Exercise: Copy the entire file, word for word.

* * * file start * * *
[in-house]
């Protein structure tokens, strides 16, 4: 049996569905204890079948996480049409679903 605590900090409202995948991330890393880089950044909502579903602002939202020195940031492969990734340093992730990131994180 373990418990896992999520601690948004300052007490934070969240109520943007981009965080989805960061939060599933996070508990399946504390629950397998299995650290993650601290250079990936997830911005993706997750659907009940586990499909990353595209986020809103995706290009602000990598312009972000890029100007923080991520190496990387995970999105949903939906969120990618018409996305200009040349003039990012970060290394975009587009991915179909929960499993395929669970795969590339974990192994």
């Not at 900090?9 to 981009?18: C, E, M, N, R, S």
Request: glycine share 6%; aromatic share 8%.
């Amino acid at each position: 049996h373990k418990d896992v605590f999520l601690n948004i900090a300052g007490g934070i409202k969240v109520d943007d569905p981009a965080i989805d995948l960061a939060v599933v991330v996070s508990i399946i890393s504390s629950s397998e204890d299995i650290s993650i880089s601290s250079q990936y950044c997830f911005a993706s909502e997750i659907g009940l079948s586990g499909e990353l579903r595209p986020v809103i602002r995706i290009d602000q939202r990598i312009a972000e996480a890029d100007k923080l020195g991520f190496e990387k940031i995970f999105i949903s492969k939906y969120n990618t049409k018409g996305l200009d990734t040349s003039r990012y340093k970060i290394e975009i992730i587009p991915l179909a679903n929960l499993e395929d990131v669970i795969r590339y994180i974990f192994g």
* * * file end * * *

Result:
[in-house]
């Protein structure tokens, strides 16, 4: 049996569905204890079948996480049409679903 605590900090409202995948991330890393880089950044909502579903602002939202020195940031492969990734340093992730990131994180 373990418990896992999520601690948004300052007490934070969240109520943007981009965080989805960061939060599933996070508990399946504390629950397998299995650290993650601290250079990936997830911005993706997750659907009940586990499909990353595209986020809103995706290009602000990598312009972000890029100007923080991520190496990387995970999105949903939906969120990618018409996305200009040349003039990012970060290394975009587009991915179909929960499993395929669970795969590339974990192994």
């Not at 900090?9 to 981009?18: C, E, M, N, R, S």
Request: glycine share 6%; aromatic share 8%.
């Amino acid at each position: 049996h373990k418990d896992v605590f999520l601690n948004i900090a300052g007490g934070i409202k969240v109520d943007d569905p981009a965080i989805d995948l960061a939060v599933v991330v996070s508990i399946i890393s504390s629950s397998e204890d299995i650290s993650i880089s601290s250079q990936y950044c997830f911005a993706s909502e997750i659907g009940l079948s586990g499909e990353l579903r595209p986020v809103i602002r995706i290009d602000q939202r990598i312009a972000e996480a890029d100007k923080l020195g991520f190496e990387k940031i995970f999105i949903s492969k939906y969120n990618t049409k018409g996305l200009d990734t040349s003039r990012y340093k970060i290394e975009i992730i587009p991915l179909a679903n929960l499993e395929d990131v669970i795969r590339y994180i974990f192994g």